Winter and spring gaelic football rarely teaches us much about how the game is played but it often provides a fascinating glimpse into the culture of the sport. By far the interesting story to emerge over the winter and through the League is the pretty startling divide between footballers in the Republic and those over the border. The Derrytresk brawl, the Ciaran McKeever British b******s mess, and last weekend's Joe Brolly column show the growing strain between the two football cultures. I'm sure we'll eventually hear news from HQ of thinktanks and committees to address the problem, but thinking purely as a sports fan, I can't think that an opportunity is being lost here. Wouldn't an annual Northern Ireland v the Republic, featuring the best XV players from both sides of the border, be the ultimate gaelic football spectacle of every year?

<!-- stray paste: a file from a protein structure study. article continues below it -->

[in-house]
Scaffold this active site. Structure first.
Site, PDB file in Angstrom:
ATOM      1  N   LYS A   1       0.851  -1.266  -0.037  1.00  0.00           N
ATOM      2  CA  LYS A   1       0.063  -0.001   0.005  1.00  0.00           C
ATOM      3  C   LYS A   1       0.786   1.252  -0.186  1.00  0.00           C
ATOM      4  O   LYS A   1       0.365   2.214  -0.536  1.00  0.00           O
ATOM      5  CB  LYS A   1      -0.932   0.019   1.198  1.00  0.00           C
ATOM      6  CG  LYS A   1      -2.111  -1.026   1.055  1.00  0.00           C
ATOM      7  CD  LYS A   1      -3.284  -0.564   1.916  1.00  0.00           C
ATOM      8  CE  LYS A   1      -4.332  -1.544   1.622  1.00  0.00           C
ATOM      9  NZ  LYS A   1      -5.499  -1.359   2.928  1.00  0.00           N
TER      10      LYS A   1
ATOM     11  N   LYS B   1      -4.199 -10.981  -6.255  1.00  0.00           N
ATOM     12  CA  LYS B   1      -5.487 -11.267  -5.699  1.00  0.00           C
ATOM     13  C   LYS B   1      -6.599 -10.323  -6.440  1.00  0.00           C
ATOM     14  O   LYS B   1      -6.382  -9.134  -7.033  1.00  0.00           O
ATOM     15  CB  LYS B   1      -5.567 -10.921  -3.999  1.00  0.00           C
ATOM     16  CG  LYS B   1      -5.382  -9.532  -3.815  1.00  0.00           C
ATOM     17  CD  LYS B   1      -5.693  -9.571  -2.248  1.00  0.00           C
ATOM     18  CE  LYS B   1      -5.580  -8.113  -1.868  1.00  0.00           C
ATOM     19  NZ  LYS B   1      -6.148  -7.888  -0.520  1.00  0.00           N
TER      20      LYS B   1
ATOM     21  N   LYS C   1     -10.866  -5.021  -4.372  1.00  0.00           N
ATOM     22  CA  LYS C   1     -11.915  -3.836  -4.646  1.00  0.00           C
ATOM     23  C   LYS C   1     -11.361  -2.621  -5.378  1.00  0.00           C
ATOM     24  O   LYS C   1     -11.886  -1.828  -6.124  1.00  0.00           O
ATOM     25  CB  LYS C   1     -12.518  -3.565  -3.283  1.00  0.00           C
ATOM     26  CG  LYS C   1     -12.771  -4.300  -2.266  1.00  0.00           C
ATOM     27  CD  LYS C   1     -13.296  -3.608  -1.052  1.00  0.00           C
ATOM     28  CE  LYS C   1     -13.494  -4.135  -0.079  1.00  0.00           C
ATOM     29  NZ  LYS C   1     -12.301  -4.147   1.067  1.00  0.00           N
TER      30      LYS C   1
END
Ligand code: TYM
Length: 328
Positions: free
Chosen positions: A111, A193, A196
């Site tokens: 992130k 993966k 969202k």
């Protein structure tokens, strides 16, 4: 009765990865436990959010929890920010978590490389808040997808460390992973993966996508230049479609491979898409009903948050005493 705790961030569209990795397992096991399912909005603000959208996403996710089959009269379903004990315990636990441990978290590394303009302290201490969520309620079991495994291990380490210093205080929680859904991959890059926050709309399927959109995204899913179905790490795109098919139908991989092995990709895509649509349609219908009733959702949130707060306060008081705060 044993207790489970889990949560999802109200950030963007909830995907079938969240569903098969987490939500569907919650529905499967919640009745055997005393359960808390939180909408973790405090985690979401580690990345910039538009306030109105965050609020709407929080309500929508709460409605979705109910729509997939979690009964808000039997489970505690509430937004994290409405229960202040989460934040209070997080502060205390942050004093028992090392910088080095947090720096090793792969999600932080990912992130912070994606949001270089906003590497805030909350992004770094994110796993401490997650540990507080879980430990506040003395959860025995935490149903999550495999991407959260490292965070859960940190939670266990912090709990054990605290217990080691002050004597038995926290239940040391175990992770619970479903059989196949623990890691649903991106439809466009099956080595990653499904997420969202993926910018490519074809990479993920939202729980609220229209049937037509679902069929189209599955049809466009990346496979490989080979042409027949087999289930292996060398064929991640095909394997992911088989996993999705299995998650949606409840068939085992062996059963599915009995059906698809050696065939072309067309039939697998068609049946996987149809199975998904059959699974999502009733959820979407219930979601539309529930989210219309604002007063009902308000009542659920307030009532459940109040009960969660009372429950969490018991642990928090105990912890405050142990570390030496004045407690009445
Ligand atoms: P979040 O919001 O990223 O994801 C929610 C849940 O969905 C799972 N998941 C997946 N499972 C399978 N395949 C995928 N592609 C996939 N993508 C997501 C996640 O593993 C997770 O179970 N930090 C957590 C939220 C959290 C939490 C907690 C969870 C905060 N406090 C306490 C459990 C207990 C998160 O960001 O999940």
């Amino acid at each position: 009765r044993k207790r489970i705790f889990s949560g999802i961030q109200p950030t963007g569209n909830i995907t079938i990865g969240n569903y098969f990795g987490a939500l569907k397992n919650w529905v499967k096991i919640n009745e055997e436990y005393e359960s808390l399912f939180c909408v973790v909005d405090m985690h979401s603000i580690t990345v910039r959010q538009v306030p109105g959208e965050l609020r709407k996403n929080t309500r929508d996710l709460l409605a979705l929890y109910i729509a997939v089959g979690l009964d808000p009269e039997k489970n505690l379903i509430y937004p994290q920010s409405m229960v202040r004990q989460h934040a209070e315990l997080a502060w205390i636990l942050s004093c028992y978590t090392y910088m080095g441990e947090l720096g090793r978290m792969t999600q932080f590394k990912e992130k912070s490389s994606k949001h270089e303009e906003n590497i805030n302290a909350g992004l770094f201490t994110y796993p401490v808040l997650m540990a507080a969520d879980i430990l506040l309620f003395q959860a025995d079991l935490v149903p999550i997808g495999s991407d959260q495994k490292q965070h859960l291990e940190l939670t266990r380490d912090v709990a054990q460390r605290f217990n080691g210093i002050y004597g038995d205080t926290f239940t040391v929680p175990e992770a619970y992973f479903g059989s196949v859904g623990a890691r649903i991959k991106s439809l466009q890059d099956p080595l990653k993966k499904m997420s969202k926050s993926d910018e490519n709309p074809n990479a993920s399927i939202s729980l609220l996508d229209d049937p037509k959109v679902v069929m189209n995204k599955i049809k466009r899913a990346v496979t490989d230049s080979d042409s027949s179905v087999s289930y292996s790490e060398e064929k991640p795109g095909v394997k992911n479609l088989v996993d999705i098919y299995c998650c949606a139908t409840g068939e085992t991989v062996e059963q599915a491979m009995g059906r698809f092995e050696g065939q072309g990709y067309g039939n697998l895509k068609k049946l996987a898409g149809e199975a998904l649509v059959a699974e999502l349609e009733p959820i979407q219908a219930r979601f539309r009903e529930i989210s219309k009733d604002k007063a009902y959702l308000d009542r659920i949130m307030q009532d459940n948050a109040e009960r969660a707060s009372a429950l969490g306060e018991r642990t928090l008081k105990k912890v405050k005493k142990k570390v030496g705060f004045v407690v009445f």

I'm all for an 32 counties All-Ireland championship (with New York and London) but it seems to be that the GAA is missing an opportunity by ignoring that the cultural divide the border inevitably creates. I'll never forget driving up from Kerry on the morning of the 2008 All-Ireland final and listening to outrightly dismissive talk not just of Tyrone, but of Northern teams. They were spoken of as a foreign species. A big annual match (it could rotate between Croker and Casement) would admittedly do nothing productive for building cross-border unity and solidarity, but it would inevitably be the hardest-fought match of every year. The GAA fan is asked to endure so many terrible exhibition matches (International Rules, the Railway Cup) when a mouthwatering football match is right at our doorstep. Joe Brolly may be being deliberately provocative when he writes the 'Northmen, Southmen, comrades all my arse' line, but is there anyone who would really deny the reality of that divide? Why not let the tensions out once every October and leave it at that? Were it played today, I have no clue which side would win, and that idea alone, I feel, outweighs whatever awkwardness, logistical and practical (it would have to be flag-free, for one), the match would cause. As a pure football spectacle, it would be incredible.